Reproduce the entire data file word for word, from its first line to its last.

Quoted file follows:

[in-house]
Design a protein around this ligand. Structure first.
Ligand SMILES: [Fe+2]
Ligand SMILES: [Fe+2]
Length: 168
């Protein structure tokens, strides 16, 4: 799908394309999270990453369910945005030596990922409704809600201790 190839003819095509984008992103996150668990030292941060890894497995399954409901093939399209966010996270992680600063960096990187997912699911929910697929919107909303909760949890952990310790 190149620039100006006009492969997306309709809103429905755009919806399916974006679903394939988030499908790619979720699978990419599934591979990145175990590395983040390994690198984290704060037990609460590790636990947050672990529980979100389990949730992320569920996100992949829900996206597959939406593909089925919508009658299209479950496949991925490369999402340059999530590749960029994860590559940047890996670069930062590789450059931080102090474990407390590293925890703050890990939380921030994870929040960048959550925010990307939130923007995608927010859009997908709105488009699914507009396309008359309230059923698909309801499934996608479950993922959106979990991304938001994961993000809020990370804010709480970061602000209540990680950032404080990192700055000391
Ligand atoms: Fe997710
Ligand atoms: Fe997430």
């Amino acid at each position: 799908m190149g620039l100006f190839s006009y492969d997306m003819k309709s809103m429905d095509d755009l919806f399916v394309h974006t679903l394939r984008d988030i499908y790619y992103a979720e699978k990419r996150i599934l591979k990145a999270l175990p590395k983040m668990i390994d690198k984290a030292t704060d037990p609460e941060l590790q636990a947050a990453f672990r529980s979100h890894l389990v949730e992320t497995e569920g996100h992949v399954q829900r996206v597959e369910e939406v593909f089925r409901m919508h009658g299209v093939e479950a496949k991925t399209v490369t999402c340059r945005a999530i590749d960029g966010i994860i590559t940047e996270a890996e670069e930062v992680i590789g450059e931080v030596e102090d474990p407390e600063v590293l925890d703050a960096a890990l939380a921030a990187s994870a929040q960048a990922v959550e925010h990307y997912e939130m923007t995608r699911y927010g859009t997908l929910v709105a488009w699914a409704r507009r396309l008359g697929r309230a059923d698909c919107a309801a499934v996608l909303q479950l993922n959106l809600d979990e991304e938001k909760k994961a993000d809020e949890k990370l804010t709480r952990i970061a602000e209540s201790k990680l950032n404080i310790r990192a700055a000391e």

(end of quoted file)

[in-house]
Design a protein around this ligand. Structure first.
Ligand SMILES: [Fe+2]
Ligand SMILES: [Fe+2]
Length: 168
């Protein structure tokens, strides 16, 4: 799908394309999270990453369910945005030596990922409704809600201790 190839003819095509984008992103996150668990030292941060890894497995399954409901093939399209966010996270992680600063960096990187997912699911929910697929919107909303909760949890952990310790 190149620039100006006009492969997306309709809103429905755009919806399916974006679903394939988030499908790619979720699978990419599934591979990145175990590395983040390994690198984290704060037990609460590790636990947050672990529980979100389990949730992320569920996100992949829900996206597959939406593909089925919508009658299209479950496949991925490369999402340059999530590749960029994860590559940047890996670069930062590789450059931080102090474990407390590293925890703050890990939380921030994870929040960048959550925010990307939130923007995608927010859009997908709105488009699914507009396309008359309230059923698909309801499934996608479950993922959106979990991304938001994961993000809020990370804010709480970061602000209540990680950032404080990192700055000391
Ligand atoms: Fe997710
Ligand atoms: Fe997430």
């Amino acid at each position: 799908m190149g620039l100006f190839s006009y492969d997306m003819k309709s809103m429905d095509d755009l919806f399916v394309h974006t679903l394939r984008d988030i499908y790619y992103a979720e699978k990419r996150i599934l591979k990145a999270l175990p590395k983040m668990i390994d690198k984290a030292t704060d037990p609460e941060l590790q636990a947050a990453f672990r529980s979100h890894l389990v949730e992320t497995e569920g996100h992949v399954q829900r996206v597959e369910e939406v593909f089925r409901m919508h009658g299209v093939e479950a496949k991925t399209v490369t999402c340059r945005a999530i590749d960029g966010i994860i590559t940047e996270a890996e670069e930062v992680i590789g450059e931080v030596e102090d474990p407390e600063v590293l925890d703050a960096a890990l939380a921030a990187s994870a929040q960048a990922v959550e925010h990307y997912e939130m923007t995608r699911y927010g859009t997908l929910v709105a488009w699914a409704r507009r396309l008359g697929r309230a059923d698909c919107a309801a499934v996608l909303q479950l993922n959106l809600d979990e991304e938001k909760k994961a993000d809020e949890k990370l804010t709480r952990i970061a602000e209540s201790k990680l950032n404080i310790r990192a700055a000391e």